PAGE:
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Age

Definition

Age is the length of time a person has been alive, measured in complete, elapsed years. It is measured as the difference between ‘Date of birth’ and 5 March 2013.

Where the data comes from

Derived from question 4 (date of birth) on the individual form.

If question 4 (date of birth) does not have enough information to derive age but there is an age available in response to question 6 (information about people completing an individual form at the dwelling) on the dwelling form then that age can be used.

If age cannot be derived from question 4 on the individual form or is not available in response to question 6 on the dwelling form, then age is imputed (see later section for explanation of imputation).

How this data is classified

The age classification consists of single-year categories from 0 years to 119 years inclusive, plus a category for 120 years and over:

000 Less than one year

001 One year

to

119 119 years

120 120 years and over

No provision is made for residual categories as, in line with international practice, it is Statistics New Zealand policy to impute missing values for age data.

Age is also output in five-year and 10-year groups.

For further information on this classification, refer to the:

For background information on classifications and standards, refer to the Classifications and related statistical standards page.

Subject population

The subject population for this variable is the census night population, as age data is collected for all people in New Zealand on census night. However, data on age is more often output for the census usually resident population.

The subject population is the people, families, households, or dwellings to whom the variable applies.

Non-response and data that could not be classified

This variable does not have a non-response category.

If a respondent did not complete question 4 (date of birth) on the individual form, and there is no age available in question 6 on the dwelling form, a response is imputed. If an individual did not complete a form but there was enough evidence that that person existed in the household, a substitute form is produced and age is imputed.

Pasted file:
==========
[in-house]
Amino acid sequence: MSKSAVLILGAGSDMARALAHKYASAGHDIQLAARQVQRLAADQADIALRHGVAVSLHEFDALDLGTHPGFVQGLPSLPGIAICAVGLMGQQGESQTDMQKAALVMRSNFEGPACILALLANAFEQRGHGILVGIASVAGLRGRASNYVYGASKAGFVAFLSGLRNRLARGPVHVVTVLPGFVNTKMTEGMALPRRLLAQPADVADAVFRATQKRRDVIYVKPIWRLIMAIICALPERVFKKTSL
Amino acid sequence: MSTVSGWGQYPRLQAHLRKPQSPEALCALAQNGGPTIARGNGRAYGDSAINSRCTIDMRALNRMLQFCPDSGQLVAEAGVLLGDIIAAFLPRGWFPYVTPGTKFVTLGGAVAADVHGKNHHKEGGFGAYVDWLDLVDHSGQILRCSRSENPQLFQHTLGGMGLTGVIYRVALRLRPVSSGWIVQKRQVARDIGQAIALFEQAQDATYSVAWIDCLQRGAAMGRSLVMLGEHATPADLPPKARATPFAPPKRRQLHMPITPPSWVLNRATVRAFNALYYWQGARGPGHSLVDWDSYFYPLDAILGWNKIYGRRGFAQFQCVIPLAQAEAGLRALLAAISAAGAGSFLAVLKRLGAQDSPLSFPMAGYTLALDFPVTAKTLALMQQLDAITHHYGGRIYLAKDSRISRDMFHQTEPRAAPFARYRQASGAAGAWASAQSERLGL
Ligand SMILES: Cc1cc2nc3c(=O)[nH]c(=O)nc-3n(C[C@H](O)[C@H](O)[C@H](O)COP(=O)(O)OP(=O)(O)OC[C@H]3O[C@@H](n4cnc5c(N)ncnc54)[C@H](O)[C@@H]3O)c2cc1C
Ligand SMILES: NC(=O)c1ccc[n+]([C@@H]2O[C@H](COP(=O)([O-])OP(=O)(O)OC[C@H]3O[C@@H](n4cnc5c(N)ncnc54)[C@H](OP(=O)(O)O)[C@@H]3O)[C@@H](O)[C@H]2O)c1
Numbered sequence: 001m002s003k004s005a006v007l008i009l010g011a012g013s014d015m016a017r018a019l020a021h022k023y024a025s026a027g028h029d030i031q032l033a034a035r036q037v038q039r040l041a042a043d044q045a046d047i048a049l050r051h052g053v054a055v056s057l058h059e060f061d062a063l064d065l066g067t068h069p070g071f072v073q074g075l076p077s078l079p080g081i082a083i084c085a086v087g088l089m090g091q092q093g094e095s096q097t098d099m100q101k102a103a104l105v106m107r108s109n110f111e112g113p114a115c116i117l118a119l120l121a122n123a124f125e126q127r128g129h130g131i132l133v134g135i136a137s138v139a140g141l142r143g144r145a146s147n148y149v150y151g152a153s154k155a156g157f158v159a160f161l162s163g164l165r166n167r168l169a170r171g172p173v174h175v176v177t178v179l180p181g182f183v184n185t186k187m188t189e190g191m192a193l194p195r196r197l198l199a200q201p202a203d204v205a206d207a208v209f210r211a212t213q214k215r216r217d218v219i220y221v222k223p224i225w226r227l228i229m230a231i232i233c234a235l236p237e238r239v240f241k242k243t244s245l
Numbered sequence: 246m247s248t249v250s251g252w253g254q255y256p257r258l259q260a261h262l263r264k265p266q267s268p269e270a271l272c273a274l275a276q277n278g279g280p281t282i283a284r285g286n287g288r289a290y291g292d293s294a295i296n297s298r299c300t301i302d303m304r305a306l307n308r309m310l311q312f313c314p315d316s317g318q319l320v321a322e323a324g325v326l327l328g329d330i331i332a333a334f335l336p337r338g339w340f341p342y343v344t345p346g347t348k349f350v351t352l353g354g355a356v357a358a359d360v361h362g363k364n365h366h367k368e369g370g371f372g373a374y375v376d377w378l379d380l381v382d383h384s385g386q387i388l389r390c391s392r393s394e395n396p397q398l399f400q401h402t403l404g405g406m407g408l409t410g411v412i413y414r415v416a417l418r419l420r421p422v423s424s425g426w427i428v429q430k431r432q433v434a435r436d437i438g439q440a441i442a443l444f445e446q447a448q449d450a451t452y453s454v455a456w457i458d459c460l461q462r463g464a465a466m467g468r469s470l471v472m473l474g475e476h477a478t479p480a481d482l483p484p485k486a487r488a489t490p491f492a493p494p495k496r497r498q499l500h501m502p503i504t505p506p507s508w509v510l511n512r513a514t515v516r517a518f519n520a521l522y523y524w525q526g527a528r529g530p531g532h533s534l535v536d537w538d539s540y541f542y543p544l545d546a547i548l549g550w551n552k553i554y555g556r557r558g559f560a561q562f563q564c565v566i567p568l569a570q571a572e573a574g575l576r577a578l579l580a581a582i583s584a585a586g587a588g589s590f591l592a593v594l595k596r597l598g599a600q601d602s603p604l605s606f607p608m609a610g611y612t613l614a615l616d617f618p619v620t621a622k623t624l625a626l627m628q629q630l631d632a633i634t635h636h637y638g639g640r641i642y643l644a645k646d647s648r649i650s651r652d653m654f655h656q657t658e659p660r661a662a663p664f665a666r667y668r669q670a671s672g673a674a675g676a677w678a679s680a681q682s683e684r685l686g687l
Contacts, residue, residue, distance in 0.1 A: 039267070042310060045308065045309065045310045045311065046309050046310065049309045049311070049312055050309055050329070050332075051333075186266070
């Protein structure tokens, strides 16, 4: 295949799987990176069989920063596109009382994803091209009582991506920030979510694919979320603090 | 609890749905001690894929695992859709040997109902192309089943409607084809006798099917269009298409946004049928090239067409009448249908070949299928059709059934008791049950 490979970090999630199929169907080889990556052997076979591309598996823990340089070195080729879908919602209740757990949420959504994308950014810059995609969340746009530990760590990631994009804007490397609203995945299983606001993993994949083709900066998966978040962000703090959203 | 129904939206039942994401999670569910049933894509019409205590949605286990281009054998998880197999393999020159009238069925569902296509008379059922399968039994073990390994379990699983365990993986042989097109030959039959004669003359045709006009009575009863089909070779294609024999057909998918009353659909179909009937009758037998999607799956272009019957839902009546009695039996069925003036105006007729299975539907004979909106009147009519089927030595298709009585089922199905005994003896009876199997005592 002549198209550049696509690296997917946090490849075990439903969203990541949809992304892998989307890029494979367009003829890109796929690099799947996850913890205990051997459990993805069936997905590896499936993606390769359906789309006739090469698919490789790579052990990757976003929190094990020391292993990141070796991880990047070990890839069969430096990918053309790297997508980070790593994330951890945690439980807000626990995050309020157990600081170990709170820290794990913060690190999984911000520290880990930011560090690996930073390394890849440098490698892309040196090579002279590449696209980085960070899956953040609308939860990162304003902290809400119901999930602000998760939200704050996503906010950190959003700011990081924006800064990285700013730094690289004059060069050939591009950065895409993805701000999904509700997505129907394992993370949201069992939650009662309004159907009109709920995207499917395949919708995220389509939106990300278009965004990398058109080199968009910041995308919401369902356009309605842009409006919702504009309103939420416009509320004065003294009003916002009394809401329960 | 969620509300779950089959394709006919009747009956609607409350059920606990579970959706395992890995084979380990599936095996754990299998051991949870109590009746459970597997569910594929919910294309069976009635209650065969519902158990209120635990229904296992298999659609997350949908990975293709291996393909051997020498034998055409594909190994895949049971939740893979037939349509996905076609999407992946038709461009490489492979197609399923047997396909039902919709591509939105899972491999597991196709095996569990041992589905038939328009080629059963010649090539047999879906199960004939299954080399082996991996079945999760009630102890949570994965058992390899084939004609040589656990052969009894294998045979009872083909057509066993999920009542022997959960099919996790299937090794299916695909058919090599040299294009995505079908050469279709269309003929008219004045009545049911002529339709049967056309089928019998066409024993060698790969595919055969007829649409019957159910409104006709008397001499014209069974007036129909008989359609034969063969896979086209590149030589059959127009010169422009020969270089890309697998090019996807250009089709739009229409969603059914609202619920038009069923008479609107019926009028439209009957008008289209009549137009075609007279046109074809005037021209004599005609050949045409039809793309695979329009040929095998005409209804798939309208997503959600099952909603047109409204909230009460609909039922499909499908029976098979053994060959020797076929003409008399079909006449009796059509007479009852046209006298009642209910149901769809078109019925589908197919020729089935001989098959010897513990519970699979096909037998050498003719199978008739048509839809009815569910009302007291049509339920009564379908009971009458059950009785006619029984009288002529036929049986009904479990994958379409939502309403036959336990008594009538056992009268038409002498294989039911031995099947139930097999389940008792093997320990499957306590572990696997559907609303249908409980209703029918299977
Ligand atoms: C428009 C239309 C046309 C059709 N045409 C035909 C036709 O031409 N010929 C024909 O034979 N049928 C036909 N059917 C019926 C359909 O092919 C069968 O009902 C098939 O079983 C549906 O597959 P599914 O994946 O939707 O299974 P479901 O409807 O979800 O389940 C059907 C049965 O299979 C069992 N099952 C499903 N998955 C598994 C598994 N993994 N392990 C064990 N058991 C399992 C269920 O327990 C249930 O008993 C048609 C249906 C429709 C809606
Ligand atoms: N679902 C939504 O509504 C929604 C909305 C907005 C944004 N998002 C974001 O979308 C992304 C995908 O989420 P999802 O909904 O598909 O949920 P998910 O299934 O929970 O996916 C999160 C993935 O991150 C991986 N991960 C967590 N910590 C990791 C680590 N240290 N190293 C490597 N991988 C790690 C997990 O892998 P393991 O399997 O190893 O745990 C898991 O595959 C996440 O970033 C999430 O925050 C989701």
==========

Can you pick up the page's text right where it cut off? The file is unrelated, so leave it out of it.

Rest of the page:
Age imputation supplies an age in years where age is missing (that is, age cannot be calculated from the response to the date of birth question).

Imputation of data for this variable can be done where an entire individual form for a person in a household was not answered, where an entire household did not respond, and where a person did not answer the date of birth question.

Age is imputed using various other responses, for example, a person’s legally registered relationship status, and using the known distribution of ages in the population.

  • In 2013, age was imputed for 5.2 percent of the census usually resident population, of which 4.8 percent were substitute records.
  • In 2006, age was imputed for 4.0 percent of the census usually resident population, of which 3.3 percent were substitute records.
  • In 2001, age was imputed for 3.7 percent of the census usually resident population, of which 2.1 percent were substitute records.

For more information on imputation and substitute records, refer to the 2013 Census data user guide and Imputation and Balancing Methodologies for the 2006 Census.

How this data is used

Data from this variable is used:

  • by central government agencies, and regional and local authorities for the allocation of funding, town planning, population estimates, and projections
  • by the Representation Commission to determine the adult/child split for electoral population calculations and to establish the boundaries of the Māori and general electorate seats
  • by universities for population research
  • by marketing and private organisations, and businesses